World War II Veteran Kenny Smith believed in honoring his fellow vets — whether he knew them or not. In fact, his extraordinary commitment led him to assist with more than 3,000 funerals at the Idaho State Veterans Cemetery in Eagle, Idaho between 2004 and 2014. Not only that, but he also wrote down the names of each veteran whose funeral he attended in a log book and kept photographs and other mementos of these vets.
At the age of 86, Smith died just three days after the last funeral he attended on April 4.
Smith, who was the head volunteer at the cemetery, lost both of his legs to frostbite after serving in the Pacific with the Navy during World War II. He bought an all-terrain-vehicle to help him get around the cemetery. He would greet families in his ATV, and then rise on his prosthetic legs to salute the flag during the funeral services. Cemetery director James Earp told Matt Standal of KTVB, “Kenny was here watching the construction of the cemetery unfold, and it was a point of pride for him to understand it. He felt very much a part of this, and we all agree that Kenny is a big part of this cemetery.”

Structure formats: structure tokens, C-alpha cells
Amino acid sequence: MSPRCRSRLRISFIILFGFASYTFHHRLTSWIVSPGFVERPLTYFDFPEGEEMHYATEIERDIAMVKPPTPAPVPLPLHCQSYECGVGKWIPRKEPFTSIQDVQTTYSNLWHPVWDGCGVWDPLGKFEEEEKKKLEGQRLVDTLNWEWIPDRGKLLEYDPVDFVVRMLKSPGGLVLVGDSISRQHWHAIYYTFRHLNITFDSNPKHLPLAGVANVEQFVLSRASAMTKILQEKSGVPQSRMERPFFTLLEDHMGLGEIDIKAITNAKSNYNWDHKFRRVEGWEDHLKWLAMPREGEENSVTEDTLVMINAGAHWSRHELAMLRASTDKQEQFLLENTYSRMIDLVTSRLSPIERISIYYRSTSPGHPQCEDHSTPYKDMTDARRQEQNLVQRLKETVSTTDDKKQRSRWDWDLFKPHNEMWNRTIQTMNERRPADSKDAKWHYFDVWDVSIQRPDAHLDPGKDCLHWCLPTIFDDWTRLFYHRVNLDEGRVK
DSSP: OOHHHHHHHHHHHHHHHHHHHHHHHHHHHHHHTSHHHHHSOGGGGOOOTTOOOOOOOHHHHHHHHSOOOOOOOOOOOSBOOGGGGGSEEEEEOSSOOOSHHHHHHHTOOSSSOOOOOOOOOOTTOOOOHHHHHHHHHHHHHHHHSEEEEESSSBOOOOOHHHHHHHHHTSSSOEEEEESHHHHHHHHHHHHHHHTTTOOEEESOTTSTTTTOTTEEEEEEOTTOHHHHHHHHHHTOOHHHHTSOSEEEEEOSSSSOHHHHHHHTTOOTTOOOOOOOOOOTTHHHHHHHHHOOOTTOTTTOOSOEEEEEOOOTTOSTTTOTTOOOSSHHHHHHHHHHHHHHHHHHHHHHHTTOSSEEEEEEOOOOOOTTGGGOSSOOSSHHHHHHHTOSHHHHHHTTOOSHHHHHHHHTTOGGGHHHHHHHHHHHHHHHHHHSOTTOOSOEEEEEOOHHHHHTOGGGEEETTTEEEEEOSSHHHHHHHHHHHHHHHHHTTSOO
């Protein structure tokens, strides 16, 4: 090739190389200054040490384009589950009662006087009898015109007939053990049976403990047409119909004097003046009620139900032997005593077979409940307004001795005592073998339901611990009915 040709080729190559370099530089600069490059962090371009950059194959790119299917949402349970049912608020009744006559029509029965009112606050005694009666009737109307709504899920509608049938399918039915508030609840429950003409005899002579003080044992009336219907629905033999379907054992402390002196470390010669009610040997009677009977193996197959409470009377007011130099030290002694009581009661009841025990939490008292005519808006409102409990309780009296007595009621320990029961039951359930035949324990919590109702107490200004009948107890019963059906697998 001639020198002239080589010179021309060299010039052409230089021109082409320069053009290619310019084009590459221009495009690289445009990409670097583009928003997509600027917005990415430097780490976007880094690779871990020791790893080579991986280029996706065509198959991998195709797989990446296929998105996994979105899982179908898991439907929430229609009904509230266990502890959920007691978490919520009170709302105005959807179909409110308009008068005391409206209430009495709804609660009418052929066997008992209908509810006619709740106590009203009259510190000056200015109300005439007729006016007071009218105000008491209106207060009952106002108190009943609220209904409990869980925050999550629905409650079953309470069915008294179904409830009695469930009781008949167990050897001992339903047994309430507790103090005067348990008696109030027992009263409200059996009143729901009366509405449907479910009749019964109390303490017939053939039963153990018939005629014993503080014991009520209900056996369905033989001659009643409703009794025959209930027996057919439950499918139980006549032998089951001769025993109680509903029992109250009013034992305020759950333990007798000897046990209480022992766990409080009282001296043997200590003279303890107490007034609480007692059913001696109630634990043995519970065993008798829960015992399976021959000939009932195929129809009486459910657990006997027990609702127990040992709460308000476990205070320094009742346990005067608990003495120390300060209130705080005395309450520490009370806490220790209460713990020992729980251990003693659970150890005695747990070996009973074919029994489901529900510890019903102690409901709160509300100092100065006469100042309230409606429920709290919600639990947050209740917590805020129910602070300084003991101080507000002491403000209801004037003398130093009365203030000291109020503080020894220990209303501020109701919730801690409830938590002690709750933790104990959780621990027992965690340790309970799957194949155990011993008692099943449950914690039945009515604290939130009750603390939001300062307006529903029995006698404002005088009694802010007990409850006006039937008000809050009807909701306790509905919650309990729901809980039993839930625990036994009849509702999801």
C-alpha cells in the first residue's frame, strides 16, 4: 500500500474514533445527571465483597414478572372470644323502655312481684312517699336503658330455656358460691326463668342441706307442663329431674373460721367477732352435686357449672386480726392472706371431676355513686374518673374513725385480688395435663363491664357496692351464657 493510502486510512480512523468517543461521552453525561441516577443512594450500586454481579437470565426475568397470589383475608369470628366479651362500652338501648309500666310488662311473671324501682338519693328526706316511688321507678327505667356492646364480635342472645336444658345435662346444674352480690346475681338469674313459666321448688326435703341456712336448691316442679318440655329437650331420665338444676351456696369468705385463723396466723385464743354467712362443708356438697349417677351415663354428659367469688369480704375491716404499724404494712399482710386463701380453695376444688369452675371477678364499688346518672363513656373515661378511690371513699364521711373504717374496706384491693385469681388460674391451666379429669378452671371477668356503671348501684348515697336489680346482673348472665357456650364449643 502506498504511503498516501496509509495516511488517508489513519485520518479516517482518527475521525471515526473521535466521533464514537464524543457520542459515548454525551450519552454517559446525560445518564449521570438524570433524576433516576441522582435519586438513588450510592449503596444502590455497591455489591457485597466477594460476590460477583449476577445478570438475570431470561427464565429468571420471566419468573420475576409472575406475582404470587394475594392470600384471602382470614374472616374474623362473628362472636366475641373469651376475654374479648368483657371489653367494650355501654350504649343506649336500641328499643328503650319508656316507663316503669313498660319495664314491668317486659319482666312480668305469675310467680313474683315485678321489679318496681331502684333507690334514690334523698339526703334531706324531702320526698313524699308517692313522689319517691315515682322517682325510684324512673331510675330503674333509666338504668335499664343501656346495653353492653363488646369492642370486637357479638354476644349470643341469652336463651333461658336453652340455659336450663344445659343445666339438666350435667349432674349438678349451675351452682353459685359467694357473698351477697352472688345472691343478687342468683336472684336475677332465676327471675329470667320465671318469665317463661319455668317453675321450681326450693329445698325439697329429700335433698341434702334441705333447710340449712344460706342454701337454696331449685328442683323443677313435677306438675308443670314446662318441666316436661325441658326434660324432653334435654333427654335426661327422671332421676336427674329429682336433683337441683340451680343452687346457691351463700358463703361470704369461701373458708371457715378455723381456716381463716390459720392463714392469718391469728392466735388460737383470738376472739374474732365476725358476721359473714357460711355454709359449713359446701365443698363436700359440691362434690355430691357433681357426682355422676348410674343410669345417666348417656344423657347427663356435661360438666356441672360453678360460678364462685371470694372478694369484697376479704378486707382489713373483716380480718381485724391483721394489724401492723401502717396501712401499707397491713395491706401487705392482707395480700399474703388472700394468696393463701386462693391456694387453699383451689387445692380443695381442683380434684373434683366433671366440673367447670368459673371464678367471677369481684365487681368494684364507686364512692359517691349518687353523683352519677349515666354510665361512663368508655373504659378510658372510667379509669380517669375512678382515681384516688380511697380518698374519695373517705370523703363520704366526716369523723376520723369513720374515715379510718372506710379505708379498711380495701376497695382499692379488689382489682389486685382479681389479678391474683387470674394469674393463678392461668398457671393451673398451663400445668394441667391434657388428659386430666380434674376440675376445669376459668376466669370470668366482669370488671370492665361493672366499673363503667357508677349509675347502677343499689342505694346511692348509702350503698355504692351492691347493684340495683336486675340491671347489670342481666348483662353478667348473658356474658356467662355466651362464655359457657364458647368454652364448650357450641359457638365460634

Before each funeral he volunteered at, Smith also took time to visit the resting place of his wife, who died in 2003. His daughter Sandy McCary told Standal, “He felt like could speak with her there. [He’d] communicate back and forth, and try not to miss her so much that way.”
Before Smith died, Idaho’s governor C.L. “Butch” Otter had honored him for more than 6,500 hours of volunteer service at the cemetery. Smith will be laid to rest with a military flag line on April 21. Let’s hold a moment of silence for this honorable American.
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